The National  Memo Logo

Smart. Sharp. Funny. Fearless.

Monday, December 09, 2019 {{ new Date().getDay() }}

The Occupy Wall Street protests in New York and across America (and now the world) seek greater economic justice and to reduce the power of corporations and monied interests. But one problem they’ve encountered is that small vendors that made a living in the public spaces now home to “Occupy” encampments are seeing a huge drop-off in revenue:

The Occupy movement came to Los Angeles aiming for Wall Street titans, but farmers market vendors are the first to take a real hit.

Two weeks ago, about 40 vendors who sell on the City Hall lawn every Thursday were forced off the property after protesters refused to remove their city of tents.

The mini-businesses — produce farmers, popcorn poppers, flower sellers — were abruptly moved by city officials to a new and less visible location across Main Street. Since that relocation, profits have plummeted, vendors have pulled out and shoppers have become scarce.

“The cause is good,” said Genaro Lopez, a vendor who initially helped protesters with free sodas and burritos. “But this is our bread and butter, and we’ve taken a huge hit.”

In interviews with small business vendors near the original camp in Lower Manhattan, I discovered some outright resentment of the protesters and the effect they’ve had on businesses, either forcing them to move or, because of police blockades, costing them foot traffic (and thus customers).

The irony may be too much for some to bear.

Start your day with National Memo Newsletter

Know first.

The opinions that matter. Delivered to your inbox every morning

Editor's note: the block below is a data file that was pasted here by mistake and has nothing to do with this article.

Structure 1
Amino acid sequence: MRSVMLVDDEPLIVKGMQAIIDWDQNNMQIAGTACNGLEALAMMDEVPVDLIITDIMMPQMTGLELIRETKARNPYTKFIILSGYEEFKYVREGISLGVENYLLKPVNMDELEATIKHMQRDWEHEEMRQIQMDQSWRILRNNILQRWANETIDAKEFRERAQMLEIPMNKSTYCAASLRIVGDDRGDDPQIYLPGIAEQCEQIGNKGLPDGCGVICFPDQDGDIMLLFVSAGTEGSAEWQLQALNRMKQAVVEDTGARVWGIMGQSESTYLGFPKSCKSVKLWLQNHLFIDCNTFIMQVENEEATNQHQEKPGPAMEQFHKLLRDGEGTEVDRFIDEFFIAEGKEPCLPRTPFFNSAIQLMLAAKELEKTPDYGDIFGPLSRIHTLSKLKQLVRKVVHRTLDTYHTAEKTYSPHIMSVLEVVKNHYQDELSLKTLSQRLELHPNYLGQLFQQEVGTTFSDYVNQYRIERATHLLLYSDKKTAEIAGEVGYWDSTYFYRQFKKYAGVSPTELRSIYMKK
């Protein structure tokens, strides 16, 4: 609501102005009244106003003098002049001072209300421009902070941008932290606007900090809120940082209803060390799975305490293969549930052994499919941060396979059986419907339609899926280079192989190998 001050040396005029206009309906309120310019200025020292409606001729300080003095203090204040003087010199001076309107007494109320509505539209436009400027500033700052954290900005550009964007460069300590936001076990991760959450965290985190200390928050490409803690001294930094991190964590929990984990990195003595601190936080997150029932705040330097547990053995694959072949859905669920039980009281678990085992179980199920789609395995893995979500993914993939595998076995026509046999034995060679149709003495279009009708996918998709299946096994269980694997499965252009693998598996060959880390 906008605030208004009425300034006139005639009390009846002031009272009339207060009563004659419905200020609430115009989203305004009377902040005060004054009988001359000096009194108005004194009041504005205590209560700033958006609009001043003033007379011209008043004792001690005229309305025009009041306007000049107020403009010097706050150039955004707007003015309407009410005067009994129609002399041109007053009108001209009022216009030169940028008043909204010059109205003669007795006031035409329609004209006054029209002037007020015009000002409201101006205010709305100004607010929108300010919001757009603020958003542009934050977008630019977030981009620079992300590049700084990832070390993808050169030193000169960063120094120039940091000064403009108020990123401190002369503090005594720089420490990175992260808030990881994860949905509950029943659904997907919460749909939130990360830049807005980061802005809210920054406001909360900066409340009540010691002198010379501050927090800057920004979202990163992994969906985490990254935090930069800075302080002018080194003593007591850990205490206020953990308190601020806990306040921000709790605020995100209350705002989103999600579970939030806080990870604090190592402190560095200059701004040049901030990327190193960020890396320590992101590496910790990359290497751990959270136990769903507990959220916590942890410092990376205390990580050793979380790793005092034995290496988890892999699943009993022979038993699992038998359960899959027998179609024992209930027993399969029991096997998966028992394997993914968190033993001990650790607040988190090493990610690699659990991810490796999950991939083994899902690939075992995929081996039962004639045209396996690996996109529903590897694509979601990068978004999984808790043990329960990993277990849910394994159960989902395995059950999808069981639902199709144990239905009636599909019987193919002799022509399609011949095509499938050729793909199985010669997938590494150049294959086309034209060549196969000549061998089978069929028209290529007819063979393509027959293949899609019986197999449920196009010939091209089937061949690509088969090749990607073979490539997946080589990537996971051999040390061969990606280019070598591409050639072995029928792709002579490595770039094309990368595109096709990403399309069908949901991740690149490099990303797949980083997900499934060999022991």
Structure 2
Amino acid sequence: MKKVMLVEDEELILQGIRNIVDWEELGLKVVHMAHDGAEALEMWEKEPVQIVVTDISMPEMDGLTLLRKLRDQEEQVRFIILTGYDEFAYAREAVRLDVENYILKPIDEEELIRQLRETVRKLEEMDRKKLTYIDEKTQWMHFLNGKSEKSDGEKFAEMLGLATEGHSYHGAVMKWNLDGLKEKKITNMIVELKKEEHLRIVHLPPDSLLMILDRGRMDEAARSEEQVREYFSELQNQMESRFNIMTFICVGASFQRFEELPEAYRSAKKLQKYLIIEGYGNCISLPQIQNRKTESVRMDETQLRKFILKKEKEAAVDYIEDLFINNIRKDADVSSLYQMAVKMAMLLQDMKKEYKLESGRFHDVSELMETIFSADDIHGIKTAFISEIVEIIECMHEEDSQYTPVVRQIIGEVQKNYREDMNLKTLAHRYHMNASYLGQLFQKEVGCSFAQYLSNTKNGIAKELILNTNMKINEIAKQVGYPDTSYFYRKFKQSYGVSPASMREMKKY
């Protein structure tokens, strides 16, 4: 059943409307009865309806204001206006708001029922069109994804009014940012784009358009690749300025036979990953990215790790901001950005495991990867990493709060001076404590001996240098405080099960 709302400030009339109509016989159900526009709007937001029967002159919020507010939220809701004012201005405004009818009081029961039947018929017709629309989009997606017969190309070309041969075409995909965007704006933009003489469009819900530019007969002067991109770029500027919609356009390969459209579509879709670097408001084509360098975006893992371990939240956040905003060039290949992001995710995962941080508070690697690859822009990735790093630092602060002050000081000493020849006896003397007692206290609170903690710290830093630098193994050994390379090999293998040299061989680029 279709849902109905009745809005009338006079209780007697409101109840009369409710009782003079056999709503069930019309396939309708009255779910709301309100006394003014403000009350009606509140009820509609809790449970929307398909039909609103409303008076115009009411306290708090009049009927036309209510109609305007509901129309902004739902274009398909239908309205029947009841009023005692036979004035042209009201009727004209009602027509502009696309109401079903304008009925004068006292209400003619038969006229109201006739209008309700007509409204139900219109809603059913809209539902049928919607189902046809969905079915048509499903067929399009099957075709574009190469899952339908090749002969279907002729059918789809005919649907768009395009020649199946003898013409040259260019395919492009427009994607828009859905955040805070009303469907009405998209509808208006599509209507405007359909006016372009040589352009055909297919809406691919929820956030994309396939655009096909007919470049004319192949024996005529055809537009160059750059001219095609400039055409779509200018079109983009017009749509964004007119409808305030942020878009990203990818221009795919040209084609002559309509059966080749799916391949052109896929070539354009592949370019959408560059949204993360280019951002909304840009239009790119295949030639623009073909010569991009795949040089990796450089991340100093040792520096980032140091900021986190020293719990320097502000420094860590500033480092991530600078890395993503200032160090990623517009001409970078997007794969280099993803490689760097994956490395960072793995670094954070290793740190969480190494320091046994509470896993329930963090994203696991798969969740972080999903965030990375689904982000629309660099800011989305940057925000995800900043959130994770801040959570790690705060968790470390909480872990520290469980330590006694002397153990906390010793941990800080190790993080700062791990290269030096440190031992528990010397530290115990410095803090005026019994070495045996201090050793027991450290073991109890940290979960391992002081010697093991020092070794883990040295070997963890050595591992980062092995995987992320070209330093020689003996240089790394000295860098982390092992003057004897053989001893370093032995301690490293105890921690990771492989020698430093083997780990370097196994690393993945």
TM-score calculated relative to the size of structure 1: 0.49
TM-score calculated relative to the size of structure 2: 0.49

A scene from "Squid Game" on Netflix

Reprinted with permission from Responsible Statecraft

The Treasury Department's nine-page "2021 Sanctions Review" released on Monday makes vague recommendations for "calibrating sanctions to mitigate unintended economic, political, and humanitarian impact." Unfortunately, it offers few tangible policy suggestions on how to end the high humanitarian
Keep reading... Show less

Mt.Rushmore

Reprinted with permission from Creators

In New York City, a statue of Thomas Jefferson has graced the City Council chamber for 100 years. This week, the Public Design Commission voted unanimously to remove it. "Jefferson embodies some of the most shameful parts of our country's history," explained Adrienne Adams, a councilwoman from Queens. Assemblyman Charles Barron went even further. Responding to a question about where the statue should go next, he was contemptuous: "I don't think it should go anywhere. I don't think it should exist."

When iconoclasts topple Jefferson, they seem to validate the argument advanced by defenders of Confederate monuments that there is no escape from the slippery slope. "First, they come for Nathan Bedford Forrest and then for Robert E. Lee. Where does it end? Is Jefferson next? Is George Washington?"

Keep reading... Show less
x
{{ post.roar_specific_data.api_data.analytics }}